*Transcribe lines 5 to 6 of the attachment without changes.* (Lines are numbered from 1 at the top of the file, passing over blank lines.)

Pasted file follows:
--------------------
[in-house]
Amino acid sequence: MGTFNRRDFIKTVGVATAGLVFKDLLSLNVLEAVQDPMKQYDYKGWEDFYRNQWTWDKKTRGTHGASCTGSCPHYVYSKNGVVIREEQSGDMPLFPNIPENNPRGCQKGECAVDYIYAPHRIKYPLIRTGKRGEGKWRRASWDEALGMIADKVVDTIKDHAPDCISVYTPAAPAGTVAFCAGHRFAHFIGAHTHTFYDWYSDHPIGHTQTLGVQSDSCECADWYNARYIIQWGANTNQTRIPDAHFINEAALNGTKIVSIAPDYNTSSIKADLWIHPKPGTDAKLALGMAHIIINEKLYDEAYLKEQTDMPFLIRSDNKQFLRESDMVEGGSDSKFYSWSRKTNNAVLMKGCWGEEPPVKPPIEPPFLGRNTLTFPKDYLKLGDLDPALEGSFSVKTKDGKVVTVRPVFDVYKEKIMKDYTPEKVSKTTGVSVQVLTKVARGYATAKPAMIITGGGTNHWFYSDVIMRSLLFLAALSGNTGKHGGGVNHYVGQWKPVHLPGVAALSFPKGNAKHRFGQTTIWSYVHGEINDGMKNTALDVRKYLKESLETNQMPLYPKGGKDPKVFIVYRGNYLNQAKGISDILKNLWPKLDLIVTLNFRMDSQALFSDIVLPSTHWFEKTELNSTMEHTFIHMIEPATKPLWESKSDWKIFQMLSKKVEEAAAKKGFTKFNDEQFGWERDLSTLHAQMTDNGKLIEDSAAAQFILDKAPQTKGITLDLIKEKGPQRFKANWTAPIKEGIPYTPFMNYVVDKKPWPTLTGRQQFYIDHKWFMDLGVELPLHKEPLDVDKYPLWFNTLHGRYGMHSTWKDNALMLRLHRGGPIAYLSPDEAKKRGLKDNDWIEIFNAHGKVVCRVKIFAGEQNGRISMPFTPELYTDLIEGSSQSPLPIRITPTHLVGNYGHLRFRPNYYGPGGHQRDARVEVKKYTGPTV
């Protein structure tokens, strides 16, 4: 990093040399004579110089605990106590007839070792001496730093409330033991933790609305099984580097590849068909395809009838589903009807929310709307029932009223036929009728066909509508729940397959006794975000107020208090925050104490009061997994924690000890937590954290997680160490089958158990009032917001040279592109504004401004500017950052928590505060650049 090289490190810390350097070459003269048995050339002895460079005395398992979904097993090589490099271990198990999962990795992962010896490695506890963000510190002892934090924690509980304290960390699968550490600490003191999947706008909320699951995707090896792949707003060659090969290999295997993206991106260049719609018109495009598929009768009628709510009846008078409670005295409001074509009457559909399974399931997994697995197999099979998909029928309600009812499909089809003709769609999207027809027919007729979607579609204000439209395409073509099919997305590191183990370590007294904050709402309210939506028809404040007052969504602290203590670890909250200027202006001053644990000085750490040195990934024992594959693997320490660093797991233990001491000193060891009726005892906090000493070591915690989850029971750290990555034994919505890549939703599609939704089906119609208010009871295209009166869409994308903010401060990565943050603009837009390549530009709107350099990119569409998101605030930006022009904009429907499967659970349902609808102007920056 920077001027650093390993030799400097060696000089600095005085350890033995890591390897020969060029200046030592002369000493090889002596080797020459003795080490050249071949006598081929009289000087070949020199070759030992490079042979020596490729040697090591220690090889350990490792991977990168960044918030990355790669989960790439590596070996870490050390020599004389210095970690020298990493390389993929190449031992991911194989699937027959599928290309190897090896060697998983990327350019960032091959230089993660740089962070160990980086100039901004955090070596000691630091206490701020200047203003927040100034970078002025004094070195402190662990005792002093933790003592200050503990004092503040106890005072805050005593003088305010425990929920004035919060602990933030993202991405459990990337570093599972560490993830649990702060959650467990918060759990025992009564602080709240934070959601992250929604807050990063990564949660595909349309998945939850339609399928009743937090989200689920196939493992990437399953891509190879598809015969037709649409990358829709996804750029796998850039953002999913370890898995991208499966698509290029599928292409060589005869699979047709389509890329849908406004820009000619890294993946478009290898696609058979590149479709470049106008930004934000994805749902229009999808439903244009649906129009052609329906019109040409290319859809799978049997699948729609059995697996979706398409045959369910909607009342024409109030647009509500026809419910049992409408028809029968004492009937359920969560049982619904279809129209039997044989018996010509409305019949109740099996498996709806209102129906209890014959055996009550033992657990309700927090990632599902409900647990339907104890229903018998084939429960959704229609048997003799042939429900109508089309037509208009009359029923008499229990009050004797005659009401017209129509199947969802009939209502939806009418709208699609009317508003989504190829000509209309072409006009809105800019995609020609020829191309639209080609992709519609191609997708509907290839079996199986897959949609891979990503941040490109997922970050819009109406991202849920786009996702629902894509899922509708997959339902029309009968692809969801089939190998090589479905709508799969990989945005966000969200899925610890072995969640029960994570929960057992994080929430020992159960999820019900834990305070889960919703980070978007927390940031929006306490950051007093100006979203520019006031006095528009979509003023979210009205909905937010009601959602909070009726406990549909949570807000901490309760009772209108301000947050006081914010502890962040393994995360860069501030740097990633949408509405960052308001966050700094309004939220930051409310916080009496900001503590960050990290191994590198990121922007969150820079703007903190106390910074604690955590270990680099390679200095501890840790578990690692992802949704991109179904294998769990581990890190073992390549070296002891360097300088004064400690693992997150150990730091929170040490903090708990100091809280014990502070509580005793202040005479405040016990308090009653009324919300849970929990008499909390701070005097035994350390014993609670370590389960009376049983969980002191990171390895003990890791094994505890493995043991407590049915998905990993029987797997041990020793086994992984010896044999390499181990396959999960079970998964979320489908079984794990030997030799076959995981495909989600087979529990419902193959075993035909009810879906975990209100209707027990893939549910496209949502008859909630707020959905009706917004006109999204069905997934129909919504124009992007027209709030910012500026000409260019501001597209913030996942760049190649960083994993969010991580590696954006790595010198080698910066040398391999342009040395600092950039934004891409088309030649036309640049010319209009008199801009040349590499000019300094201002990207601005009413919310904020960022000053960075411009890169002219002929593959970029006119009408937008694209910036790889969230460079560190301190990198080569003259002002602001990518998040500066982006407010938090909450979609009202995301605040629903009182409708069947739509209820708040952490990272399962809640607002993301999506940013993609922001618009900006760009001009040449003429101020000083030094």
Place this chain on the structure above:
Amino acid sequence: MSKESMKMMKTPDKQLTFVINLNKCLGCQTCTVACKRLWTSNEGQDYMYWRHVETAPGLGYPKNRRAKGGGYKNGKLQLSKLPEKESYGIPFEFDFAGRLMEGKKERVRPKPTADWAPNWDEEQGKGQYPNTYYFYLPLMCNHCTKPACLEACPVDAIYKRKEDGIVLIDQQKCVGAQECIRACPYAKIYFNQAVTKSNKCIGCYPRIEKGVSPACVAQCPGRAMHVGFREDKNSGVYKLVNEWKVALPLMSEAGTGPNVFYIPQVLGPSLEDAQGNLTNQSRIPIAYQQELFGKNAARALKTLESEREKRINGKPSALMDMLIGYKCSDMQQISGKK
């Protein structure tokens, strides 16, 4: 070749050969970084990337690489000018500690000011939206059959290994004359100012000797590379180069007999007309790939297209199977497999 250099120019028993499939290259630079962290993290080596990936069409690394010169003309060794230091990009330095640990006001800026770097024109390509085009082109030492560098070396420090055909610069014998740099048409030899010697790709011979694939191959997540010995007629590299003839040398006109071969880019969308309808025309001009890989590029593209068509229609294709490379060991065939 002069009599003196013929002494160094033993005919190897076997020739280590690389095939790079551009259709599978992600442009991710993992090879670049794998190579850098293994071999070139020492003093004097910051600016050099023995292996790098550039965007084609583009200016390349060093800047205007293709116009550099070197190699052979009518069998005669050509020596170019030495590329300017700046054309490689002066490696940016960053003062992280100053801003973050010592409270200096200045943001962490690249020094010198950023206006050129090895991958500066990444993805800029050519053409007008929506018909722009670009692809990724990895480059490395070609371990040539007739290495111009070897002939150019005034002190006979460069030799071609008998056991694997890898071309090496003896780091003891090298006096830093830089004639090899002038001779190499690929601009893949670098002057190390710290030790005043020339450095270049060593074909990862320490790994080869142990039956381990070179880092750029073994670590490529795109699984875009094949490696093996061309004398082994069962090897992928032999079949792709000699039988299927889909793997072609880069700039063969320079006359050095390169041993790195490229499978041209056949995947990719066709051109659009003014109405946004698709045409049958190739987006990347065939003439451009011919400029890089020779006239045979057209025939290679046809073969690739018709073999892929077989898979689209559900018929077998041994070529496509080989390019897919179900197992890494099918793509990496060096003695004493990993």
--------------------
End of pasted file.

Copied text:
Amino acid sequence: MSKESMKMMKTPDKQLTFVINLNKCLGCQTCTVACKRLWTSNEGQDYMYWRHVETAPGLGYPKNRRAKGGGYKNGKLQLSKLPEKESYGIPFEFDFAGRLMEGKKERVRPKPTADWAPNWDEEQGKGQYPNTYYFYLPLMCNHCTKPACLEACPVDAIYKRKEDGIVLIDQQKCVGAQECIRACPYAKIYFNQAVTKSNKCIGCYPRIEKGVSPACVAQCPGRAMHVGFREDKNSGVYKLVNEWKVALPLMSEAGTGPNVFYIPQVLGPSLEDAQGNLTNQSRIPIAYQQELFGKNAARALKTLESEREKRINGKPSALMDMLIGYKCSDMQQISGKK
């Protein structure tokens, strides 16, 4: 070749050969970084990337690489000018500690000011939206059959290994004359100012000797590379180069007999007309790939297209199977497999 250099120019028993499939290259630079962290993290080596990936069409690394010169003309060794230091990009330095640990006001800026770097024109390509085009082109030492560098070396420090055909610069014998740099048409030899010697790709011979694939191959997540010995007629590299003839040398006109071969880019969308309808025309001009890989590029593209068509229609294709490379060991065939 002069009599003196013929002494160094033993005919190897076997020739280590690389095939790079551009259709599978992600442009991710993992090879670049794998190579850098293994071999070139020492003093004097910051600016050099023995292996790098550039965007084609583009200016390349060093800047205007293709116009550099070197190699052979009518069998005669050509020596170019030495590329300017700046054309490689002066490696940016960053003062992280100053801003973050010592409270200096200045943001962490690249020094010198950023206006050129090895991958500066990444993805800029050519053409007008929506018909722009670009692809990724990895480059490395070609371990040539007739290495111009070897002939150019005034002190006979460069030799071609008998056991694997890898071309090496003896780091003891090298006096830093830089004639090899002038001779190499690929601009893949670098002057190390710290030790005043020339450095270049060593074909990862320490790994080869142990039956381990070179880092750029073994670590490529795109699984875009094949490696093996061309004398082994069962090897992928032999079949792709000699039988299927889909793997072609880069700039063969320079006359050095390169041993790195490229499978041209056949995947990719066709051109659009003014109405946004698709045409049958190739987006990347065939003439451009011919400029890089020779006239045979057209025939290679046809073969690739018709073999892929077989898979689209559900018929077998041994070529496509080989390019897919179900197992890494099918793509990496060096003695004493990993």